Latest from Colleen Walsh/Harvard Staff Writer
Must We Allow Symbols of Racism on Public Land?
July 23, 2020
A legal historian who has focused on the history of U.S. slavery puts the push to remove Confederate statues in context.
‘Just Mercy’ in the criminal justice system
February 20, 2020
“Just Mercy,” the film based on the memoir by Bryan Stevenson ’85, ends with a sobering statistic: For every nine people executed in the U.S., one on death row is exonerated. As Professor Carol Steiker noted in a discussion following a screening of the film, that makes the U.S. No. 1 in a problematic category.
Former HLS professor John Palfrey ’01 takes over the MacArthur Foundation
September 25, 2019
The Harvard Gazette recently spoke with John Palfrey '01, former professor and vice dean for Library and Information Resources at HLS, and former executive director of the Berkman Klein Center for Internet & Society about how his Harvard time prepared him for his new role to lead one of the country’s largest philanthropic organizations.
Raising the profile of animal law to match the stakes
December 13, 2018
According to Harvard Law School lecturer Jonathan Lovvorn, saving the planet and its inhabitants from climate catastrophe begins with the world’s most vulnerable population: animals.
Time off from Harvard helped her thrive
June 5, 2018
Blessing Jee knew when she arrived at Harvard College that she would take time off from her studies, but she didn’t expect was that it would make her “fall back in love with Harvard”—and set her, newly energized, on her future path: pursuing public interest law Harvard Law School.
NFL group joins Harvard huddle on criminal justice
March 29, 2018
A group of current and retired NFL players shared personal reasons for their activism and outreach in a conversation Friday at Harvard Law School, part of “Changing the Conversation to Change Criminal Justice,” a symposium sponsored by the School’s Bernard Koteen Office of Public Interest Advising, the Fair Punishment Project, and the Players Coalition.
Probing the past and future of #MeToo
March 2, 2018
The #MeToo movement’s roots and its present and future impact were the focus of a discussion with Harvard scholars on Feb. 26 at the Radcliffe Institute for Advanced Study, featuring HLS Prof. Jeannie Suk Gersen, Harvard Profs. Jill Lepore and Evelynn Hammonds, and Ann Marie Lipinski, curator of Harvard’s Nieman Foundation for Journalism, as moderator.
Annette Gordon-Reed’s path to Harvard, where she is the Law School’s Charles Warren Professor of American Legal History and a professor of history in the Faculty of Arts and Sciences, is every bit as interesting as her pioneering scholarship.
Hard time gets a hard look
November 30, 2016
This fall, Harvard Law School lecturer Nancy Gertner, Harvard sociologist Bruce Western and Vincent Schiraldi, senior research fellow and director of the Harvard Kennedy School’s Program in Criminal Justice Policy and Management, are teaching a new Harvard course that will help students become part of the effort to reform the nation’s criminal justice system.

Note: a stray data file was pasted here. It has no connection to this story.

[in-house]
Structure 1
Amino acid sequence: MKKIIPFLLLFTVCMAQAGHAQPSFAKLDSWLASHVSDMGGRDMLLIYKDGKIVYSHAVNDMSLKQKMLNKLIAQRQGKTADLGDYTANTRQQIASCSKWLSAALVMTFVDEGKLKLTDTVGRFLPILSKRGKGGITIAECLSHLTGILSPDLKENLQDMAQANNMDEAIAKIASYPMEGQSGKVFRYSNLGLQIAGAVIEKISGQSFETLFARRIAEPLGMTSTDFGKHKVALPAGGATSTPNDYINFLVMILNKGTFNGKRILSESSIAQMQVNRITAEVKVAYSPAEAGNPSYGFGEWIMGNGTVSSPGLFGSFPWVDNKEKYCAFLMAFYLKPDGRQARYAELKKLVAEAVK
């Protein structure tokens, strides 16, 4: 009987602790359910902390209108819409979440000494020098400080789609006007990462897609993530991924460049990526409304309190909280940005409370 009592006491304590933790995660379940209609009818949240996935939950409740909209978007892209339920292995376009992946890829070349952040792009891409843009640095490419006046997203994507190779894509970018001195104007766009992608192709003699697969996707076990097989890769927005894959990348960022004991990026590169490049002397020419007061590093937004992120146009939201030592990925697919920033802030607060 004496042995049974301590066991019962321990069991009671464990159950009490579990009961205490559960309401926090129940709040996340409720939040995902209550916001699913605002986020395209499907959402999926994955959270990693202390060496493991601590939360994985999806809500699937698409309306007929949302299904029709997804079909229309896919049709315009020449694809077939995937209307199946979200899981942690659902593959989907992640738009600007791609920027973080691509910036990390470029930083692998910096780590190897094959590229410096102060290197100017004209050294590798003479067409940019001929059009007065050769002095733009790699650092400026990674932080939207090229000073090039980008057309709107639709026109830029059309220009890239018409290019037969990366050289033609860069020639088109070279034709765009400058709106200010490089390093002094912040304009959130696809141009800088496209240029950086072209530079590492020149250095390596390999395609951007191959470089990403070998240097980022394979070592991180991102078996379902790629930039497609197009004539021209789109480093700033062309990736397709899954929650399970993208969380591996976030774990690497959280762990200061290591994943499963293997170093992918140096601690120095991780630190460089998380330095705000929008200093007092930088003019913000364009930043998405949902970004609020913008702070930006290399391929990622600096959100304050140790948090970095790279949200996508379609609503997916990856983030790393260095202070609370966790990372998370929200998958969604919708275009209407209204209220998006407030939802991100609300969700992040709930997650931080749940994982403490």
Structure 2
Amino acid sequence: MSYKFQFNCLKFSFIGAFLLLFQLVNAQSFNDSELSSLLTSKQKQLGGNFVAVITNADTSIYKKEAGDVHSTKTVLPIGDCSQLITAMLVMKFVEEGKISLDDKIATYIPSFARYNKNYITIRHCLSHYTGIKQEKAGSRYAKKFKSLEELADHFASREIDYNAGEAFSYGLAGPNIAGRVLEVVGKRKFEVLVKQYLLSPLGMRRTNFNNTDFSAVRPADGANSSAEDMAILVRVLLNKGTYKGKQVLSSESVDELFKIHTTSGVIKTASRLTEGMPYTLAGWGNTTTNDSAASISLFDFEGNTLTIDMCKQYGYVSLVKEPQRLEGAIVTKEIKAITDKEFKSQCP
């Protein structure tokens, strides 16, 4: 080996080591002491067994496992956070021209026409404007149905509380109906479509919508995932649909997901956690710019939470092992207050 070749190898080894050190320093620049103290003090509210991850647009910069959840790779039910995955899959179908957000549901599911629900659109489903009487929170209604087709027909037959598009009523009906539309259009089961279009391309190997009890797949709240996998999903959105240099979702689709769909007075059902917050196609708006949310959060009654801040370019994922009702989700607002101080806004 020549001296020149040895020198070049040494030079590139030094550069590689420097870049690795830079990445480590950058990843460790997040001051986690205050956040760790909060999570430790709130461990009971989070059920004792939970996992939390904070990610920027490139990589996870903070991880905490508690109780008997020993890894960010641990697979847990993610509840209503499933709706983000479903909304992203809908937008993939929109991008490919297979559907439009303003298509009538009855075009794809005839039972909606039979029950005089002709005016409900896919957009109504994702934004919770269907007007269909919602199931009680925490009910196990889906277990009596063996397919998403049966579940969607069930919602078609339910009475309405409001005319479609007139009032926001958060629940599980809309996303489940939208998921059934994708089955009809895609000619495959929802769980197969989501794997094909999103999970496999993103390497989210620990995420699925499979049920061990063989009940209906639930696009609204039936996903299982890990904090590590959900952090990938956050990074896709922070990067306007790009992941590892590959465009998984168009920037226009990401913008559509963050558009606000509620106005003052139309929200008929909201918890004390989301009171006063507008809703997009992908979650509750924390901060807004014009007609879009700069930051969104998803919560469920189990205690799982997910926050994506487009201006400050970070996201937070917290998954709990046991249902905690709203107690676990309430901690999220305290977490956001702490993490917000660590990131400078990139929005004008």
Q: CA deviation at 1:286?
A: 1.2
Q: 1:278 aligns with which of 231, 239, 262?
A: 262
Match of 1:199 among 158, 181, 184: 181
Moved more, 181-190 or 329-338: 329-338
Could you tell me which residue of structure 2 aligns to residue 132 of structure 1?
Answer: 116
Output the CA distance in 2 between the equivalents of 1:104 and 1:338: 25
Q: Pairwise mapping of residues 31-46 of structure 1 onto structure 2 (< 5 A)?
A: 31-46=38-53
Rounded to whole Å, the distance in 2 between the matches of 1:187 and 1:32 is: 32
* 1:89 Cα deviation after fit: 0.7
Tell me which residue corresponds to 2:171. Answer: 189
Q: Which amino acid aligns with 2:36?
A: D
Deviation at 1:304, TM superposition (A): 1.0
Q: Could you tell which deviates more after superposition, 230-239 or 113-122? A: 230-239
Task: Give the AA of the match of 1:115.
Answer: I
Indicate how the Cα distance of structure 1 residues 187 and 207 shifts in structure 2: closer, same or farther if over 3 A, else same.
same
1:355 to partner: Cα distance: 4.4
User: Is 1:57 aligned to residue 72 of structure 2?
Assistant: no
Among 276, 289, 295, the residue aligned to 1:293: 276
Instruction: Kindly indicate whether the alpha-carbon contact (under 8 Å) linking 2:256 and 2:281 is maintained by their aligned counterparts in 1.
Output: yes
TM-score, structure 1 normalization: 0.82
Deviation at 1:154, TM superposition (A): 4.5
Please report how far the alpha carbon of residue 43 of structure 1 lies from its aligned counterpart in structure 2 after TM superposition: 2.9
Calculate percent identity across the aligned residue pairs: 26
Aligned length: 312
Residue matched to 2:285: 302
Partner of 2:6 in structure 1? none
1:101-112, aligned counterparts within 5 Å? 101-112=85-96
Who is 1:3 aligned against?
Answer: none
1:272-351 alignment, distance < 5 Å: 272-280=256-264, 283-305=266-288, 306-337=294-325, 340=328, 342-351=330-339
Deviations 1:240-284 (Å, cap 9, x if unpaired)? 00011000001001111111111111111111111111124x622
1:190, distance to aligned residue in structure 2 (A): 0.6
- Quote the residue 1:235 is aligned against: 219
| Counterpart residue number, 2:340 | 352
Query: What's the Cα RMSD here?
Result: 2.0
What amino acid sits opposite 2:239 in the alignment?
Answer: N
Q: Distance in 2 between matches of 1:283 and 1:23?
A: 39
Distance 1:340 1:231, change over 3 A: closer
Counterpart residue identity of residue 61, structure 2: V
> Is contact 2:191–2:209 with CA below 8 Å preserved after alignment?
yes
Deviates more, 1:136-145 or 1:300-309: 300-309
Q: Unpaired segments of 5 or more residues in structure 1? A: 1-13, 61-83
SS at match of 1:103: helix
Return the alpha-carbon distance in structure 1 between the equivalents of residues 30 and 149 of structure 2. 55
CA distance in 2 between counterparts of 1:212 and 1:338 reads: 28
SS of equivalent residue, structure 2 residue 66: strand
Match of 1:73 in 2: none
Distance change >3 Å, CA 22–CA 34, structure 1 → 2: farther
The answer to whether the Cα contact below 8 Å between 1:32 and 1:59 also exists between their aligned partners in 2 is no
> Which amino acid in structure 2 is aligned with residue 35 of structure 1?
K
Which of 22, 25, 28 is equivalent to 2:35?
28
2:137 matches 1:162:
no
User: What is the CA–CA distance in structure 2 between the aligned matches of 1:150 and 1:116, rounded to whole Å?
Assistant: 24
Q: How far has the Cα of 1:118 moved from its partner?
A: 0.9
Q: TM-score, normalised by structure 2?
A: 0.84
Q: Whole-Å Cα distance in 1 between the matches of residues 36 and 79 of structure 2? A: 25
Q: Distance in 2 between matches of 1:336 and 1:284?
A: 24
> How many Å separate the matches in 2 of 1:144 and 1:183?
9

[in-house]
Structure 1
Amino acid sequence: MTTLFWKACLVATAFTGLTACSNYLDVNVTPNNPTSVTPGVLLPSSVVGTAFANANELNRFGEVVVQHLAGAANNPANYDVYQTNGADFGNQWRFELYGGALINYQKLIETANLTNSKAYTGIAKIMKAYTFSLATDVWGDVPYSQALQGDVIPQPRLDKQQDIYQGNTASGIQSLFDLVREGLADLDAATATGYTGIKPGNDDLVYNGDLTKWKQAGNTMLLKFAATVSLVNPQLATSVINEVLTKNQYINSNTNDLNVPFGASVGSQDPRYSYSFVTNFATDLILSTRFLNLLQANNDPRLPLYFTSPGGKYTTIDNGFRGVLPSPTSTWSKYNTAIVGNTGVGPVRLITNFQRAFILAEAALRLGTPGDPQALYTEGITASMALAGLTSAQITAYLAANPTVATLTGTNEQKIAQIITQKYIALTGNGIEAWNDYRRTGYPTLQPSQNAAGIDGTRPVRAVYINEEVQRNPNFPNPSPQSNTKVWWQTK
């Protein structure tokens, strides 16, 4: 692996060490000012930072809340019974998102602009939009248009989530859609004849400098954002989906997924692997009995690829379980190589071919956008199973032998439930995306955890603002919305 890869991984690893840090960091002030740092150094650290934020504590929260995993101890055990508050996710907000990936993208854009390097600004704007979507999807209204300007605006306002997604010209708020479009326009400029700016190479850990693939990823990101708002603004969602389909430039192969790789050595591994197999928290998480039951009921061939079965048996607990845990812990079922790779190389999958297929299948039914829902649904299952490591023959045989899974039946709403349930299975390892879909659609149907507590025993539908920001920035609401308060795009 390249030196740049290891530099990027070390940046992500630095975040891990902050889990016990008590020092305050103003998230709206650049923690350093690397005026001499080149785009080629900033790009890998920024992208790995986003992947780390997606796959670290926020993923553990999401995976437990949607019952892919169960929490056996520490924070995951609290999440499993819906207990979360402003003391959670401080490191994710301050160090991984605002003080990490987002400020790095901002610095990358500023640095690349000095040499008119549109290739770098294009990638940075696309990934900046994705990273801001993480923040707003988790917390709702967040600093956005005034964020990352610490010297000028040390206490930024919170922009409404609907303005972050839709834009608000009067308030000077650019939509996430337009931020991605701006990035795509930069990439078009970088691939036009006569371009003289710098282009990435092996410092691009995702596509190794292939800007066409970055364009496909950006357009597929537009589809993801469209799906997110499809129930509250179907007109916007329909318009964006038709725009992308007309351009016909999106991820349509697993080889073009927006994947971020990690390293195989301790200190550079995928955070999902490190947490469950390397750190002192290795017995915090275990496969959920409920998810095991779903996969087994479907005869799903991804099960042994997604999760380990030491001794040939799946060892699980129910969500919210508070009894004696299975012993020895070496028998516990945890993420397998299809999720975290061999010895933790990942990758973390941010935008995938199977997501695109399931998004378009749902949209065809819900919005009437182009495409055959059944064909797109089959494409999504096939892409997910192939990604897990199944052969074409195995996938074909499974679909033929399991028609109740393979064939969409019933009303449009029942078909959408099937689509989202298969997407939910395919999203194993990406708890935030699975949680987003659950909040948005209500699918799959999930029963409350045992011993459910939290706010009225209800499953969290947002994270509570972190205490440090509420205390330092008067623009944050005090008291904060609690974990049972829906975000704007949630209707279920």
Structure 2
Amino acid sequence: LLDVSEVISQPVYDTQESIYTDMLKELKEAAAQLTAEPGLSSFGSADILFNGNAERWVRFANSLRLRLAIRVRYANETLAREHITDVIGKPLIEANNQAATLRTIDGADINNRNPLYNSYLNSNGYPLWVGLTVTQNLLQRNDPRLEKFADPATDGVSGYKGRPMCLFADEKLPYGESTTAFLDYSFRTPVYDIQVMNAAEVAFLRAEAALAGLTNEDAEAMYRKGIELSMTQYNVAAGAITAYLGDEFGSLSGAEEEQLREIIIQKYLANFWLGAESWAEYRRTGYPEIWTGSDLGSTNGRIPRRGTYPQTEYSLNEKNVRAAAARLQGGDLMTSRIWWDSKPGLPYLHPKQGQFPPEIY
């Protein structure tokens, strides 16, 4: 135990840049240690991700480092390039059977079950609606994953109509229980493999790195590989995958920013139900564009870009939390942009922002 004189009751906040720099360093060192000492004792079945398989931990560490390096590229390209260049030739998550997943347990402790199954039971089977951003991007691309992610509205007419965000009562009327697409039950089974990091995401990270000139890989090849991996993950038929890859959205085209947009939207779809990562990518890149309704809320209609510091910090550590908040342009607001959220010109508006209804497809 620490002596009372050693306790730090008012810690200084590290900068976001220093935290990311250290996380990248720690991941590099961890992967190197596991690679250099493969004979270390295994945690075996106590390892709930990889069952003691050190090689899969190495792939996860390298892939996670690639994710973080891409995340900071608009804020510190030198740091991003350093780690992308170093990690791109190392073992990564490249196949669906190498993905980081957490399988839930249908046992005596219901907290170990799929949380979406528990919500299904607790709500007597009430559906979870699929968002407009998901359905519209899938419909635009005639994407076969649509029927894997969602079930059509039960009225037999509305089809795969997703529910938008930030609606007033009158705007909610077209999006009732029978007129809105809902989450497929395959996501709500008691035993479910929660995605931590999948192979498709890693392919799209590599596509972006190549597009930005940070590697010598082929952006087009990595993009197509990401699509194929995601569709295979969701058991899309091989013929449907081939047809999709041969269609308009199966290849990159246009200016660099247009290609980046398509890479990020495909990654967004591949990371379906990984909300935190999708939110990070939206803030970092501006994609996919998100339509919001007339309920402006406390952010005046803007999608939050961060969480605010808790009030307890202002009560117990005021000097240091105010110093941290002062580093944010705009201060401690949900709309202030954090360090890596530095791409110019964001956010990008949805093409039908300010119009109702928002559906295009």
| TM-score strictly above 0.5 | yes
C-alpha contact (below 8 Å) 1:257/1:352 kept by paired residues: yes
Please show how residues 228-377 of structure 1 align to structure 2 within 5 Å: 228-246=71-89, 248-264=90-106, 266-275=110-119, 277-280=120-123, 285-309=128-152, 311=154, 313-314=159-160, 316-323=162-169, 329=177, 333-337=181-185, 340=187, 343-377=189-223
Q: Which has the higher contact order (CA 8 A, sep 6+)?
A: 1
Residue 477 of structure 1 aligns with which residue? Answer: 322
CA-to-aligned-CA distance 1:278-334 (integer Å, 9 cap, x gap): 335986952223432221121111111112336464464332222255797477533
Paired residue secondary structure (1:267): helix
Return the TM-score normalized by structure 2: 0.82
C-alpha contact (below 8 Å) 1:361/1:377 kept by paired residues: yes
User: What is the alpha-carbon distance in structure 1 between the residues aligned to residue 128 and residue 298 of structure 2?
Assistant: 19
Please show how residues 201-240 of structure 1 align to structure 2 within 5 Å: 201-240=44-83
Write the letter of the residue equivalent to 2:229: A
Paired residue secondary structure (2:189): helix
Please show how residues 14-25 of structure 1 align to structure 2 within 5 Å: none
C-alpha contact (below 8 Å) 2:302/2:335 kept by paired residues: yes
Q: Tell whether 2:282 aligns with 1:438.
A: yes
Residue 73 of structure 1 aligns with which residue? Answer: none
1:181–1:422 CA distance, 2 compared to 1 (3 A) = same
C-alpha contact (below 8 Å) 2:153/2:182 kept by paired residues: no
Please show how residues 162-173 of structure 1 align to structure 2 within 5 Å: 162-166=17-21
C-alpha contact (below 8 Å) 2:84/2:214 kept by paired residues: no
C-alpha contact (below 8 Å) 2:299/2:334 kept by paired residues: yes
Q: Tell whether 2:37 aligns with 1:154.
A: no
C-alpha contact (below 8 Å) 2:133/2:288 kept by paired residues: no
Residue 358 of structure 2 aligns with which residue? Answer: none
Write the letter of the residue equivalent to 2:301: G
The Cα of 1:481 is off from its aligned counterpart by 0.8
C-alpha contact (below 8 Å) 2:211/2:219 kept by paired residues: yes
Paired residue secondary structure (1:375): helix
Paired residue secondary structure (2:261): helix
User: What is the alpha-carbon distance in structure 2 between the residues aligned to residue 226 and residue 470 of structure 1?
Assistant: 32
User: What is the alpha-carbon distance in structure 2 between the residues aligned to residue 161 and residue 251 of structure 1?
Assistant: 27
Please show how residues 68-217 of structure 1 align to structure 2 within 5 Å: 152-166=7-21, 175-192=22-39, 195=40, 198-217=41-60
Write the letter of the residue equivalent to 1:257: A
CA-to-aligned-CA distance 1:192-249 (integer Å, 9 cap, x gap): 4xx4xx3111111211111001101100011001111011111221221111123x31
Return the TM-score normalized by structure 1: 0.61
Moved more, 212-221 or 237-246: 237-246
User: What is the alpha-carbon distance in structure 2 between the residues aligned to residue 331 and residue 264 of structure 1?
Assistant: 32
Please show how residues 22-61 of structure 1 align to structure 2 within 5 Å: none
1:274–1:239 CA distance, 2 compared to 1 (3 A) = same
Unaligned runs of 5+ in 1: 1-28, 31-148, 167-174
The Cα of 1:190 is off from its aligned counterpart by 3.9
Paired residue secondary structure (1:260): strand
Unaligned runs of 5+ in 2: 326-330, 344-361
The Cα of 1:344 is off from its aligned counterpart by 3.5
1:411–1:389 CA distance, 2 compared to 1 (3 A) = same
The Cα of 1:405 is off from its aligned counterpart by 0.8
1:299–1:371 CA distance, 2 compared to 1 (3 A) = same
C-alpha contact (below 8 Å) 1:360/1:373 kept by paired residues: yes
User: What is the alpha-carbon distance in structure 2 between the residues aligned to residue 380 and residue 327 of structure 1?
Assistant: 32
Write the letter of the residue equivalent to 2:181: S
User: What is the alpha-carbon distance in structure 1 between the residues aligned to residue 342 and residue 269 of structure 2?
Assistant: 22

Harvard Law School Professor I. Glenn Cohen, faculty director of the School's Petrie-Flom Center for Health Law Policy, Biotechnology & Bioethics spoke with the Harvard Gazette about Monday's ruling by the Supreme Court that overturned a Texas law requiring that abortion clinics maintain hospital-like standards at their facilities as well as admitting privileges at local hospitals.
When a severe speech impediment left him struggling to be understood, food became a way for Tommy Tobin '16 to connect with others. In high school he volunteered at a food bank and with the Boys & Girls Clubs of America, and watched his actions speak volumes. "Speaking through service became a theme for me.”
Fifth in a Harvard Gazette series on what Harvard scholars are doing to identify and understand inequality, in seeking solutions to one of America’s most vexing problems.
Larry Schwartztol, executive director of Harvard Law School’s Criminal Justice Program of Study, Research and Advocacy, recently spoke with the Harvard Gazette about the HLS program, his role in it, and a conference sponsored by the new initiative on how the media helps shape the criminal justice narrative.
An inside view from Powell, complete with regrets
November 5, 2015
In a visit to Harvard Law School, retired four-star general and former Secretary of State Colin L. Powell shared lessons from his service as a close adviser to three presidents, tips on negotiating with difficult foreign leaders, and his thoughts on strengthening support for families and children in the United States.
Many scholars argue that the Magna Carta’s importance through the centuries has been greatly exaggerated. Yet for others, its status as a symbol of freedom and a check on absolute power is undeniable. Elizabeth Papp Kamali ’07, sees merit in both arguments.
Honoring Ruth Bader Ginsburg: Supreme Court associate justice receives Radcliffe Medal (video)
June 1, 2015
U.S. Supreme Court Associate Justice Ruth Bader Ginsburg received the Radcliffe Medal on Friday, May 29. Since the 1970s, Ginsburg has constantly sought to break down traditional male/female stereotypes “that held women back from doing what their talents would allow them to do.”
Credit: Stephanie Mitchell/Harvard Staff Photographer “There is a little bit of a reason to worry. We could see a resurgence of disease in part because…
Less corporate, more mindful: Lawrence Levy ’83 on leap from Pixar to meditation-focused nonprofit
February 18, 2015
In advance of his visit to campus this week, the Harvad Gazette spoke with Lawrence Levy '83 about his transition from the corporate world (as CFO of Pixar Animation) to the nonprofit one, co-founding the Juniper Foundation, a nonprofit devoted to bringing meditation to contemporary life.